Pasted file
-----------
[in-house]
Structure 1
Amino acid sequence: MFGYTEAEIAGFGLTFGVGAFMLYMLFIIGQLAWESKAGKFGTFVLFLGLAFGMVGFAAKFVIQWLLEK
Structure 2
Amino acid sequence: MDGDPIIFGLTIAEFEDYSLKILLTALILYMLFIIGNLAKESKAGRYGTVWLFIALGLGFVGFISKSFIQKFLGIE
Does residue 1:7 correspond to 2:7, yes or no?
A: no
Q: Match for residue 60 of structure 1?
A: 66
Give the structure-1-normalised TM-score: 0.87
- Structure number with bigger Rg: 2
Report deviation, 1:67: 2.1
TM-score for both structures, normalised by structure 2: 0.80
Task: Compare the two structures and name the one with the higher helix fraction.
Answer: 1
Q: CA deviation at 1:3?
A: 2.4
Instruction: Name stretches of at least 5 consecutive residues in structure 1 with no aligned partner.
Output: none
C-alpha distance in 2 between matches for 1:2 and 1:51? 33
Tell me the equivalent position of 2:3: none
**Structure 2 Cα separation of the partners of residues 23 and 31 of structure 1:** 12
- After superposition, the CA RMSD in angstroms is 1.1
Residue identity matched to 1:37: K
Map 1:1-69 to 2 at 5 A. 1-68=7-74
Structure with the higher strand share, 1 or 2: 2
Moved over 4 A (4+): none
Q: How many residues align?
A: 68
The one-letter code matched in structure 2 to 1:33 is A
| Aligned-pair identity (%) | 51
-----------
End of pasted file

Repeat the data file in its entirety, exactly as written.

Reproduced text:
[in-house]
Structure 1
Amino acid sequence: MFGYTEAEIAGFGLTFGVGAFMLYMLFIIGQLAWESKAGKFGTFVLFLGLAFGMVGFAAKFVIQWLLEK
Structure 2
Amino acid sequence: MDGDPIIFGLTIAEFEDYSLKILLTALILYMLFIIGNLAKESKAGRYGTVWLFIALGLGFVGFISKSFIQKFLGIE
Does residue 1:7 correspond to 2:7, yes or no?
A: no
Q: Match for residue 60 of structure 1?
A: 66
Give the structure-1-normalised TM-score: 0.87
- Structure number with bigger Rg: 2
Report deviation, 1:67: 2.1
TM-score for both structures, normalised by structure 2: 0.80
Task: Compare the two structures and name the one with the higher helix fraction.
Answer: 1
Q: CA deviation at 1:3?
A: 2.4
Instruction: Name stretches of at least 5 consecutive residues in structure 1 with no aligned partner.
Output: none
C-alpha distance in 2 between matches for 1:2 and 1:51? 33
Tell me the equivalent position of 2:3: none
**Structure 2 Cα separation of the partners of residues 23 and 31 of structure 1:** 12
- After superposition, the CA RMSD in angstroms is 1.1
Residue identity matched to 1:37: K
Map 1:1-69 to 2 at 5 A. 1-68=7-74
Structure with the higher strand share, 1 or 2: 2
Moved over 4 A (4+): none
Q: How many residues align?
A: 68
The one-letter code matched in structure 2 to 1:33 is A
| Aligned-pair identity (%) | 51